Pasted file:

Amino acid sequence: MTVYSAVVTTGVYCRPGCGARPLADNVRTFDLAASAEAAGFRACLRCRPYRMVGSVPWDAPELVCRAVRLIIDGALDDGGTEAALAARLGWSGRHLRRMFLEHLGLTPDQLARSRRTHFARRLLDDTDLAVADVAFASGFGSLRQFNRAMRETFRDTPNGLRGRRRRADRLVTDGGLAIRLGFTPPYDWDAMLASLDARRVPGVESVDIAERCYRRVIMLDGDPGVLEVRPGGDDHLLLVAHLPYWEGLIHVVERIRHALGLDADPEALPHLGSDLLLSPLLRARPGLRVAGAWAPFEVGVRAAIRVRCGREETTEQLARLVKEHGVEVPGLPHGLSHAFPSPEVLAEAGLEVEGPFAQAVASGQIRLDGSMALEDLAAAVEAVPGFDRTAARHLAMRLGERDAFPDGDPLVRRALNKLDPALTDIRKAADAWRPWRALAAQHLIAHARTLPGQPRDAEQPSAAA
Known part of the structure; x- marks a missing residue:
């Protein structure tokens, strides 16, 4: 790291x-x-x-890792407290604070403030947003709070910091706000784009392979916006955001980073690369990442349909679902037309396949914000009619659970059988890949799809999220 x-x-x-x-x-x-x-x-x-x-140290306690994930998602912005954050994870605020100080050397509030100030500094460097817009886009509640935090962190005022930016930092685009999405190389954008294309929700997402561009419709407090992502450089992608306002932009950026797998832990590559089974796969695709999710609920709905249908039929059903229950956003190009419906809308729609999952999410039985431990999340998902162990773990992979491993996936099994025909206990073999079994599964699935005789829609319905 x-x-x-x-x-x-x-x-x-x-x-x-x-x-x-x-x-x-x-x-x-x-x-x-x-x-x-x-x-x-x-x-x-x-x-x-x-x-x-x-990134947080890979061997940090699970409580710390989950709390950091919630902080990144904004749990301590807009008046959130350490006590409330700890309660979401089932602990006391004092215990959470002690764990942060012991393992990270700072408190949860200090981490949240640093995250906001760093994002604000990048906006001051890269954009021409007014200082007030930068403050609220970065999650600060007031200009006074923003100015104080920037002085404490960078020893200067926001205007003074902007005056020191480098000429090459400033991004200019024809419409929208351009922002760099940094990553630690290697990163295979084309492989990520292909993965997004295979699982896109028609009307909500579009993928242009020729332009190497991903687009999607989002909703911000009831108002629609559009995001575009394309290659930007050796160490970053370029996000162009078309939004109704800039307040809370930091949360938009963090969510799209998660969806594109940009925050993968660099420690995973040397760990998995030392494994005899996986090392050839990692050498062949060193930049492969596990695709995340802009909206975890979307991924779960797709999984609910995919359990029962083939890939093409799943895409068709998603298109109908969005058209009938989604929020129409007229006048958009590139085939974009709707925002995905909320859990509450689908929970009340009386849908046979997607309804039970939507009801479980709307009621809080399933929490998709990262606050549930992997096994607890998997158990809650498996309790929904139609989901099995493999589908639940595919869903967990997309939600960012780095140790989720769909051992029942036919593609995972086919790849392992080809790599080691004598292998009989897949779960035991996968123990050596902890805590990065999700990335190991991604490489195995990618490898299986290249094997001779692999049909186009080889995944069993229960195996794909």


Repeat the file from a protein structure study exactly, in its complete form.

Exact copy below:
Amino acid sequence: MTVYSAVVTTGVYCRPGCGARPLADNVRTFDLAASAEAAGFRACLRCRPYRMVGSVPWDAPELVCRAVRLIIDGALDDGGTEAALAARLGWSGRHLRRMFLEHLGLTPDQLARSRRTHFARRLLDDTDLAVADVAFASGFGSLRQFNRAMRETFRDTPNGLRGRRRRADRLVTDGGLAIRLGFTPPYDWDAMLASLDARRVPGVESVDIAERCYRRVIMLDGDPGVLEVRPGGDDHLLLVAHLPYWEGLIHVVERIRHALGLDADPEALPHLGSDLLLSPLLRARPGLRVAGAWAPFEVGVRAAIRVRCGREETTEQLARLVKEHGVEVPGLPHGLSHAFPSPEVLAEAGLEVEGPFAQAVASGQIRLDGSMALEDLAAAVEAVPGFDRTAARHLAMRLGERDAFPDGDPLVRRALNKLDPALTDIRKAADAWRPWRALAAQHLIAHARTLPGQPRDAEQPSAAA
Known part of the structure; x- marks a missing residue:
């Protein structure tokens, strides 16, 4: 790291x-x-x-890792407290604070403030947003709070910091706000784009392979916006955001980073690369990442349909679902037309396949914000009619659970059988890949799809999220 x-x-x-x-x-x-x-x-x-x-140290306690994930998602912005954050994870605020100080050397509030100030500094460097817009886009509640935090962190005022930016930092685009999405190389954008294309929700997402561009419709407090992502450089992608306002932009950026797998832990590559089974796969695709999710609920709905249908039929059903229950956003190009419906809308729609999952999410039985431990999340998902162990773990992979491993996936099994025909206990073999079994599964699935005789829609319905 x-x-x-x-x-x-x-x-x-x-x-x-x-x-x-x-x-x-x-x-x-x-x-x-x-x-x-x-x-x-x-x-x-x-x-x-x-x-x-x-990134947080890979061997940090699970409580710390989950709390950091919630902080990144904004749990301590807009008046959130350490006590409330700890309660979401089932602990006391004092215990959470002690764990942060012991393992990270700072408190949860200090981490949240640093995250906001760093994002604000990048906006001051890269954009021409007014200082007030930068403050609220970065999650600060007031200009006074923003100015104080920037002085404490960078020893200067926001205007003074902007005056020191480098000429090459400033991004200019024809419409929208351009922002760099940094990553630690290697990163295979084309492989990520292909993965997004295979699982896109028609009307909500579009993928242009020729332009190497991903687009999607989002909703911000009831108002629609559009995001575009394309290659930007050796160490970053370029996000162009078309939004109704800039307040809370930091949360938009963090969510799209998660969806594109940009925050993968660099420690995973040397760990998995030392494994005899996986090392050839990692050498062949060193930049492969596990695709995340802009909206975890979307991924779960797709999984609910995919359990029962083939890939093409799943895409068709998603298109109908969005058209009938989604929020129409007229006048958009590139085939974009709707925002995905909320859990509450689908929970009340009386849908046979997607309804039970939507009801479980709307009621809080399933929490998709990262606050549930992997096994607890998997158990809650498996309790929904139609989901099995493999589908639940595919869903967990997309939600960012780095140790989720769909051992029942036919593609995972086919790849392992080809790599080691004598292998009989897949779960035991996968123990050596902890805590990065999700990335190991991604490489195995990618490898299986290249094997001779692999049909186009080889995944069993229960195996794909």